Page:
Argentine president Cristina Fernandez de Kirchner's attempt to use dodgy statistics to create a parallel economic universe won't ever compare to the stories of Jorge Luis Borges, Argentina's foremost magical realist. And yet as the gap grows between Argentina's official inflation rate and the one calculated by private economists, one has to give her points for trying. Today marks the deadline set by Christine Lagarde, the head of the International Monetary Fund, for Argentina to explain how it will fix its number-fiddling. Don't hold your breath.
Argentina's numbers trouble began in 2007, when Fernandez's predecessor (and husband) Nestor Kirchner purged Argentina's statistics institute, known as Indec, in what he called an effort to "improve operations." Later, the government began fining researchers for what it said was inaccurate reporting of inflation data. There are even allegations that it has pressured McDonalds outlets in Argentina to under-price Big Macs, lest the country's high inflation rate show up in the Economist's "Big Mac Index."
Since 2007, Argentina has reported average inflation of 8.8 percent a year, versus a 23 percent estimate by economists. According to Bloomberg reporting, the gap between the two rates widened to 14.4 percentage points in November, from 12.9 percent in January. By the unofficial estimates, Argentina now has the second-highest inflation rate of 103 economies tracked by Bloomberg. (Belarus, another country where statistical truth is many-splendored, ranks first.)
In a country with a historical fear of hyperinflation, an artificially lower official rate may or may not help to manage public perceptions; more concretely, however, the government has used it to moderate union wage demands and, since 2007, to shave $6.8 billion off what it would have otherwise had to pay on peso-denominated bonds, which pay more in principal and interest as prices rise.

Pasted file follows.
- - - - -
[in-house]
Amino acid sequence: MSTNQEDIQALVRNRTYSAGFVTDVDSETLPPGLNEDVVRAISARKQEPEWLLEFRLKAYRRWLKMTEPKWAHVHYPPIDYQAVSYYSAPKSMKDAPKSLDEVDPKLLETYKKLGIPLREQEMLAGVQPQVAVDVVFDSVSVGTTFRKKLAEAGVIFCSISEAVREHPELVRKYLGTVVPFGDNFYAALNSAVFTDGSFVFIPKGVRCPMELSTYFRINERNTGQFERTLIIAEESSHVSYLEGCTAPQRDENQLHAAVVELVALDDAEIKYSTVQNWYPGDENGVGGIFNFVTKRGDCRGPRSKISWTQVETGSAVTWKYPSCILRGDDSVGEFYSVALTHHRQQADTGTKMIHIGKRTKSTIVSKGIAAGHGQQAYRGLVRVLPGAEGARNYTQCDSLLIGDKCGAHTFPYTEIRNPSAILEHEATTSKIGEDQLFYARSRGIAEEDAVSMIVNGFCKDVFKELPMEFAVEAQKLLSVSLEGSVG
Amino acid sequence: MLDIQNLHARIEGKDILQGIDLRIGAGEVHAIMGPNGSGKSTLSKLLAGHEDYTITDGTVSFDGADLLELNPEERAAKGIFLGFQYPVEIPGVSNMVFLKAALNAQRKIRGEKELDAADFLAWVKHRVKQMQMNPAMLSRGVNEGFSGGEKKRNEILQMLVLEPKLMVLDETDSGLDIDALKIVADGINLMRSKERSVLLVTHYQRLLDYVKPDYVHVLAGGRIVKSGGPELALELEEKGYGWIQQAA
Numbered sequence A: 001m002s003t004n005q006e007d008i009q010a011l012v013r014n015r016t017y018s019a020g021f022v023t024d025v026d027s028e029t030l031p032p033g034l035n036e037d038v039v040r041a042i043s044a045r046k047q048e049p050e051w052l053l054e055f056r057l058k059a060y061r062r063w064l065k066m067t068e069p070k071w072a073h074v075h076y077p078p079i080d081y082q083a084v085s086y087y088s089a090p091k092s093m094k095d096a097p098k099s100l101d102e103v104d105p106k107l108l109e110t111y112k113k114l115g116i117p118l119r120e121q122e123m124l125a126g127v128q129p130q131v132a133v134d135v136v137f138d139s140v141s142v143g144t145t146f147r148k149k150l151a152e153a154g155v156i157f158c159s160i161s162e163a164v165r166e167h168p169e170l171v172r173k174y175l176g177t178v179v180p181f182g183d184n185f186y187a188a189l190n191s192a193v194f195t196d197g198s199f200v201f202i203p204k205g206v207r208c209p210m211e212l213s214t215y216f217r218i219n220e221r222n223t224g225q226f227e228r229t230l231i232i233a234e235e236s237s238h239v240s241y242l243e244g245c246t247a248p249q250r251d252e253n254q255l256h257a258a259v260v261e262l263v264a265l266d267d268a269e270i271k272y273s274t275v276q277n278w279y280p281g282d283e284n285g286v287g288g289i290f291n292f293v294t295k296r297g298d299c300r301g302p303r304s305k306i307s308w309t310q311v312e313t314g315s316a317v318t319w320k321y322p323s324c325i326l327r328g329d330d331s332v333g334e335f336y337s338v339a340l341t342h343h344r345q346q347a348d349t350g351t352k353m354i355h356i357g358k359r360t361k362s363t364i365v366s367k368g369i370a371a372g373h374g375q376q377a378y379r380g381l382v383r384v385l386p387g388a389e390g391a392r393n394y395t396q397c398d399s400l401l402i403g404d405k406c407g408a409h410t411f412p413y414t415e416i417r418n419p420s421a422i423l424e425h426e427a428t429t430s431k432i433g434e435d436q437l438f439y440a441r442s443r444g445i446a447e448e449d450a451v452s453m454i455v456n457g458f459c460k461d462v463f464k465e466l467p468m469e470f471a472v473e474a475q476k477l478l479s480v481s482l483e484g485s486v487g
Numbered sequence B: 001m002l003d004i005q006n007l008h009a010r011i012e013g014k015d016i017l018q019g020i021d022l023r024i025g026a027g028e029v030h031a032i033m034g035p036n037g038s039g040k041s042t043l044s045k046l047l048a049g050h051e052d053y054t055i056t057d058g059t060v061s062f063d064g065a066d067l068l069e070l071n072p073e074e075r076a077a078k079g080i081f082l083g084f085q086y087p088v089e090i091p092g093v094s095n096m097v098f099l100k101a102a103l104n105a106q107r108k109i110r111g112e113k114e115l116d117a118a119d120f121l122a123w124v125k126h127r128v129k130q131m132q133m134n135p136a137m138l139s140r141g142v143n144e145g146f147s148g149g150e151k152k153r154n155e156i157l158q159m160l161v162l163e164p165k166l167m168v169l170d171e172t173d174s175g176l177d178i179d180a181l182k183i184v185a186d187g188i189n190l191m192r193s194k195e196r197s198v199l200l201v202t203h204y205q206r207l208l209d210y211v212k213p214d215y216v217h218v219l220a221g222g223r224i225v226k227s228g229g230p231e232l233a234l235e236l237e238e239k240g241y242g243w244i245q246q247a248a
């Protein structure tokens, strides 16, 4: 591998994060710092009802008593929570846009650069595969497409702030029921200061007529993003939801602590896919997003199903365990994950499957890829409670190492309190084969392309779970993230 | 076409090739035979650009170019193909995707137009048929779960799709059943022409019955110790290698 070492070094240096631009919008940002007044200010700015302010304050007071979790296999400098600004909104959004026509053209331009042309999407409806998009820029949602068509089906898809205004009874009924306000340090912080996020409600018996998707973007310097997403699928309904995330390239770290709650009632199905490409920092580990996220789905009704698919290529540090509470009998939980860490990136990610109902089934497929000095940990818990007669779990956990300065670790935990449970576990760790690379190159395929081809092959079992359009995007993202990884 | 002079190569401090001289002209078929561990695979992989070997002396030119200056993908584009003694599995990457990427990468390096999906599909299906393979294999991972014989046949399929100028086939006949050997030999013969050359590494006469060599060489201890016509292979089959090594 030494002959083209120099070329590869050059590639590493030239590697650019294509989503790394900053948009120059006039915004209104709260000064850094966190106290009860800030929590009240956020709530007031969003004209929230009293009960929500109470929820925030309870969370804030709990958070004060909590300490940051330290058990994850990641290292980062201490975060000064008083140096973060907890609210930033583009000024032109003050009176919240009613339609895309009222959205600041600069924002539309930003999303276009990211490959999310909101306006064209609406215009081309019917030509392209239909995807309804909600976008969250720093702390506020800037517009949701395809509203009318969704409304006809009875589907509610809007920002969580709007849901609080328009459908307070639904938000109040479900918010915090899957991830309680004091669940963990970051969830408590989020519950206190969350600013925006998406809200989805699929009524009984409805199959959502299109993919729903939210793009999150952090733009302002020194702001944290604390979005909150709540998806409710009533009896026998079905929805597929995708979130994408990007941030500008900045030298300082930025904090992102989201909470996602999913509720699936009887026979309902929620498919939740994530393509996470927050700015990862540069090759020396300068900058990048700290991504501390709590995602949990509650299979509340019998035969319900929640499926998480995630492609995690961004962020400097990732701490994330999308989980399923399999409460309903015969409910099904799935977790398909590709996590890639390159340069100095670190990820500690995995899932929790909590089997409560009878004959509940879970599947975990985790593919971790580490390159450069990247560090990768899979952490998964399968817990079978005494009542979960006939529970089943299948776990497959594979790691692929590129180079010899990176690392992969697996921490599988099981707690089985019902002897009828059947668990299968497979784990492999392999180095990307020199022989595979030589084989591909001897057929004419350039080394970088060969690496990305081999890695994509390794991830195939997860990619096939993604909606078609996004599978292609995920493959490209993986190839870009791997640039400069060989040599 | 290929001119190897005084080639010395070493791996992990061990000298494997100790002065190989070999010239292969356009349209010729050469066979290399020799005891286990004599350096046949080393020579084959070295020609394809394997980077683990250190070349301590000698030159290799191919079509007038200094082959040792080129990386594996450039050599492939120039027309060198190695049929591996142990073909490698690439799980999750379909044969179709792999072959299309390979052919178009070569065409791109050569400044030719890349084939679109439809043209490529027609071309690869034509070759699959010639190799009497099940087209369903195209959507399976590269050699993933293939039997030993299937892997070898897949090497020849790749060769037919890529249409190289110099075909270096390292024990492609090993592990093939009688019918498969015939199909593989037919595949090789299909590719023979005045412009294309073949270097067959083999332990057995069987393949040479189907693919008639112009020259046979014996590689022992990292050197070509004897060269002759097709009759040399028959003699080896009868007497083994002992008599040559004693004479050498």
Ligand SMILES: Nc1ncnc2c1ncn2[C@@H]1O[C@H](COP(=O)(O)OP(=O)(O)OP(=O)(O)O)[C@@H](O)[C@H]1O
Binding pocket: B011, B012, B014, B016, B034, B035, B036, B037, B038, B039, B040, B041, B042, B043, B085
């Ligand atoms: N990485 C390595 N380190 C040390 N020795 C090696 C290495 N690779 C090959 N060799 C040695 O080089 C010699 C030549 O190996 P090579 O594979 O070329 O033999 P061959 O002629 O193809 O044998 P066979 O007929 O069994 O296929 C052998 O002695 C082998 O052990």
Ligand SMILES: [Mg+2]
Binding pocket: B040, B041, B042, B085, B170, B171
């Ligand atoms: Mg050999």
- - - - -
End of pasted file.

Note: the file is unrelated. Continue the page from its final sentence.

In the short term, a Cristina vs. Christine smackdown will feed the former's narrative of a courageous upstart daring to stand up to neoliberal bullying. But the Argentine public is showing signs of Fernandez fatigue: Her popularity has dropped by half since her re-election a year ago, and last month two million Argentinians took to the streets to protest inflation, crime and a possible Fernandez re-election bid (which would require constitutional surgery to move forward). It's a sign of political desperation that her party recently pushed through a measure allowing 16-year-olds to vote.
At a subsequent board meeting following Lagarde's report on Argentina's response, the IMF will decide whether to expel the country for its statistical sins, a step that would probably also lead to its exit from the G-20, and certainly to greater financial isolation. In stories such as "The Garden of Forking Paths," Borges layered worlds upon worlds, with multiple meanings and dimensions of time and space implying almost an infinity of outcomes. National accounts, though, aren't like that. For all of Fernandez's machinations, sooner or later the realities of the market will re-assert themselves, much to her disfavor.
(James Gibney is a member of the Bloomberg View editorial board. Follow him on Twitter.)
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